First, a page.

Red Hot Chili Peppers in concert in Tel Aviv's Yarkon Park Monday night.
Red Hot Chili Peppers in concert in Tel Aviv's Yarkon Park Monday night. Photo by Daniel Tchetchik
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This was supposed to have been an unforgettable concert, if only because of its scarcity value. Try to search your memories for when there was last a real rock performance for the masses here. To dispel all doubts, I don't mean the rather dubious performances by Guns 'N' Roses or Linkin Park or the technocratic spectacle by the heavy equipment concern known as Metallica. What I mean is a rock concert by a first-rate band that hasn't gotten all fat and smug and has come to Tel Aviv to put an audience of tens of thousands into a state of rock euphoria.

Red Hot Chili Peppers looked like the ideal candidate for ending this drought of rock for the masses, and indeed it drew a huge crowd of 50,000 people to Hayarkon Park, the tickets having sold out on the afternoon before the concert. Everything was ready for a winning, glorious performance.

But the Red Hot Chili Peppers weren't glorious and if their concert was winning, it wasn't by a knock-out. It was better than the Guns, Linkin Park and Metallica performances, and it didn't disgrace the Chili Peppers brand, but it wasn't the surpassing performance for which we had hoped. It didn't deliver the kind of thrill that leaves the eyes moist with excitement; the euphoria remained in the realm of the imagination.

Perhaps, on second thought, the hope of experiencing euphoric rock wasn't realistic. Perhaps the Chili Peppers in their current incarnation are no longer a great band. They were a great band in the original configuration with guitarist John Frusciante and vocalist Anthony Kiedis bookended by great musicians (Frusciante and bassist Flea ). Now, without Frusciante (his replacement Josh Klinghoffer, who came onstage with a broken leg, is a good guitarist but without his predecessor's stature ), all the depth and all the sting were concentrated on Flea's side, and even though he played amazingly well, he didn't have the strength to radiate his greatness onto the band as a whole.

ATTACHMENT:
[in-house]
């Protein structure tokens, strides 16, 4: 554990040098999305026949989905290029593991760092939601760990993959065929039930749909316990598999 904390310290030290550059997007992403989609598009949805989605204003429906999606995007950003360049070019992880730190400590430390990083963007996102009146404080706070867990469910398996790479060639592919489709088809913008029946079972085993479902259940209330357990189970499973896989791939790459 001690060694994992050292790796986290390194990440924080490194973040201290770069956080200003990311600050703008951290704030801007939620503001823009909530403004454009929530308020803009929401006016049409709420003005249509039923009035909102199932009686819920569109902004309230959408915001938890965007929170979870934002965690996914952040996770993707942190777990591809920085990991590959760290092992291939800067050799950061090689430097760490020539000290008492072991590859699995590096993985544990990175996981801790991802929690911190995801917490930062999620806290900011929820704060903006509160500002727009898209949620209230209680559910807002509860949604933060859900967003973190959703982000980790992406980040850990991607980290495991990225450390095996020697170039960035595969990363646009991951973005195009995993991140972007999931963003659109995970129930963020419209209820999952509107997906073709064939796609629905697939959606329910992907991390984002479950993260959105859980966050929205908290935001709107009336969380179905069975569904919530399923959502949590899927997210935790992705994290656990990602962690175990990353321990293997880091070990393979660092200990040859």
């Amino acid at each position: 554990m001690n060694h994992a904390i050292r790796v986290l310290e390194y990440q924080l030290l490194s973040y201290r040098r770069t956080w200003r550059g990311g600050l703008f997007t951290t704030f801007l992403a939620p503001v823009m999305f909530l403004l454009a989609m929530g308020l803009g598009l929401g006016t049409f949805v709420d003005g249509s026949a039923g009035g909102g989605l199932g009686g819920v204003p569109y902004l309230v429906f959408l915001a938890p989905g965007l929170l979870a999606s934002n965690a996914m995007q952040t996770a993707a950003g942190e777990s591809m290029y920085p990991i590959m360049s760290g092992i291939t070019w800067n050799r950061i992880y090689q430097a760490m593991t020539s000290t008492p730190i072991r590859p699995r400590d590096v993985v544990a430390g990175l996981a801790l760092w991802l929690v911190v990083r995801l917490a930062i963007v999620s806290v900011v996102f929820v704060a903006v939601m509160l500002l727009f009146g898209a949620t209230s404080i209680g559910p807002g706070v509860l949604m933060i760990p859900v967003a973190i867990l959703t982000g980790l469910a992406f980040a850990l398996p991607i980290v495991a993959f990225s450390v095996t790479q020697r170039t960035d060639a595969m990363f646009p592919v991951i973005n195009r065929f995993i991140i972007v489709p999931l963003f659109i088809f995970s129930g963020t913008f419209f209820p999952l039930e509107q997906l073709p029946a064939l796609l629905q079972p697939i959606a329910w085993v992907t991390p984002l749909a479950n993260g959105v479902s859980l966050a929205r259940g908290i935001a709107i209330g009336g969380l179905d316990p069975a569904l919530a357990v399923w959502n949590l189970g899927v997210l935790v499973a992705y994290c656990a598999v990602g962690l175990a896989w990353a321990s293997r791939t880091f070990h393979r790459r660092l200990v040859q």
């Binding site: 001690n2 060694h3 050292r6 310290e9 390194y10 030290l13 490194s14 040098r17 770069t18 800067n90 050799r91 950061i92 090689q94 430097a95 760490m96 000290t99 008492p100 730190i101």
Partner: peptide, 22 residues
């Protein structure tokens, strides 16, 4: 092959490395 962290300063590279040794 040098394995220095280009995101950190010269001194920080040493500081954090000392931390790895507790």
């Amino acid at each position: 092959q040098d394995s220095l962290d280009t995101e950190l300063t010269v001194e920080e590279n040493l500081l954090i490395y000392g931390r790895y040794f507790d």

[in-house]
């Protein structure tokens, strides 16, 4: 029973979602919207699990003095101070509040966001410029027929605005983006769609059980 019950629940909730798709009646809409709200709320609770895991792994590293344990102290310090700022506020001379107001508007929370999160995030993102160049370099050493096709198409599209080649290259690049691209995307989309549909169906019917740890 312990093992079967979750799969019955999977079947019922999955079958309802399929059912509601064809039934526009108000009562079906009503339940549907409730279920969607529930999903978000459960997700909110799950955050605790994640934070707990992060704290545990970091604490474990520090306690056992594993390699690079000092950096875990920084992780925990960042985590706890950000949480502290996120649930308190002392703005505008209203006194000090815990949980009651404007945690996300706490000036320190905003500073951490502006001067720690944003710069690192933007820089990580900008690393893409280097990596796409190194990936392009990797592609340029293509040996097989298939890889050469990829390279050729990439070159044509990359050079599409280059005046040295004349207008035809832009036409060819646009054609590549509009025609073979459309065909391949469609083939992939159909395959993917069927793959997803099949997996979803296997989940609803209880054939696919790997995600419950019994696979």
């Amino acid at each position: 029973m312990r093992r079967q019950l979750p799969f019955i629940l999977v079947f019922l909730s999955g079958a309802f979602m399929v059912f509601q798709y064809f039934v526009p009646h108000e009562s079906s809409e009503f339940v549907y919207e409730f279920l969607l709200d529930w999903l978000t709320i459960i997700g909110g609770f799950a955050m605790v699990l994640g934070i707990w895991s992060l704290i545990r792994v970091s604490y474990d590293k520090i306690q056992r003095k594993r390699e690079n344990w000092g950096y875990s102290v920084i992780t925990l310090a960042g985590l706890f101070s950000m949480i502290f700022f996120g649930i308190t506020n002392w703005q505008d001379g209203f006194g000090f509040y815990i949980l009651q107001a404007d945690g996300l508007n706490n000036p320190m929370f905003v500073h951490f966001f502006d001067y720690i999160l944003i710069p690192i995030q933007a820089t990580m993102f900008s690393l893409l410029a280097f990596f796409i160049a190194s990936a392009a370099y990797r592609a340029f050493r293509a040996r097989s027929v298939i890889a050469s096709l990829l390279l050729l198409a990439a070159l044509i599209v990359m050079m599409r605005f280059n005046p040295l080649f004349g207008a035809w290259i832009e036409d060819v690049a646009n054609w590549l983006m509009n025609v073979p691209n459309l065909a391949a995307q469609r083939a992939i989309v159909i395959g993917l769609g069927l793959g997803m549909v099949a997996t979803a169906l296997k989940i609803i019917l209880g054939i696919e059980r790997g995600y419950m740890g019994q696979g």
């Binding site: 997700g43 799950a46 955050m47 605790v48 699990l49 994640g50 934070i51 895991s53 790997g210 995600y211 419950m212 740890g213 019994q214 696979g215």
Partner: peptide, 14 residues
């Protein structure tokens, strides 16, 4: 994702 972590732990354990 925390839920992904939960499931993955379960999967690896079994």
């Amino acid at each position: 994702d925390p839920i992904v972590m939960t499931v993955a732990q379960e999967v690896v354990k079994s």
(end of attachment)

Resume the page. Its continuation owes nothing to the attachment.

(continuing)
Hang on - what about Kiedis the vocalist? In my opinion he never was the most important side of the Chil Peppers quadrilateral and the performance in the park didn't cause me to change my mind. On the contrary. I came into the concert indifferent to him and left it with some reservations about him. He doesn't sing all that well and here and there he even misses the right note, nor does he radiate a personality worthy of mention. He ran and leapt about as is expected of a pantherish vocalist like him, of the sort who doesn't know what a shirt is, but his singing muscles proved to be less developed than his biceps.

The first numbers in the performance were too hesitant (the best example of this being the pale rendition of the wonderful song "Otherside ), but about half an hour into the concert it went into a much more focused and sweeping zone, signaled by the first notes of "Can't Stop," and its bold punk flow (fruit of the bass-percussion meld of Flea and Chad Smith ) was maintained in the next four or five songs, up until the early "Me and My Friends."

At that stage it seemed the Chili Peppers were heating up more and more to the boiling point and were about to burst into a string of hits. The hits of course came, but the temperature in fact dropped. "Under the Bridge" was slotted into the wrong place and did not exploit its emotional potential, the rendition of "Higher Ground" was heavy and disappointing, Kiedis was not brilliant in "Californication" and apart from a lone high in "By the Way," the string of hits did not rise above middling. So too the encore "Give it Away," which seemed to tell the story of the entire concert.

In my mind's eye I had seen 50,000 people hopping in frantic unison and losing their sanity for the duration of four minutes to the sounds of this wild piece of brilliance, but the rendition at the performance was standard and the masses did hop, but they didn't lose it, and the song itself will remain etched in memory in the phosphorescent gray of its clip and not in the colors of the mild experience afforded by the performance in the park.

Red Hot Chili Peppers. Hayarkon Park, Tel Aviv, September 10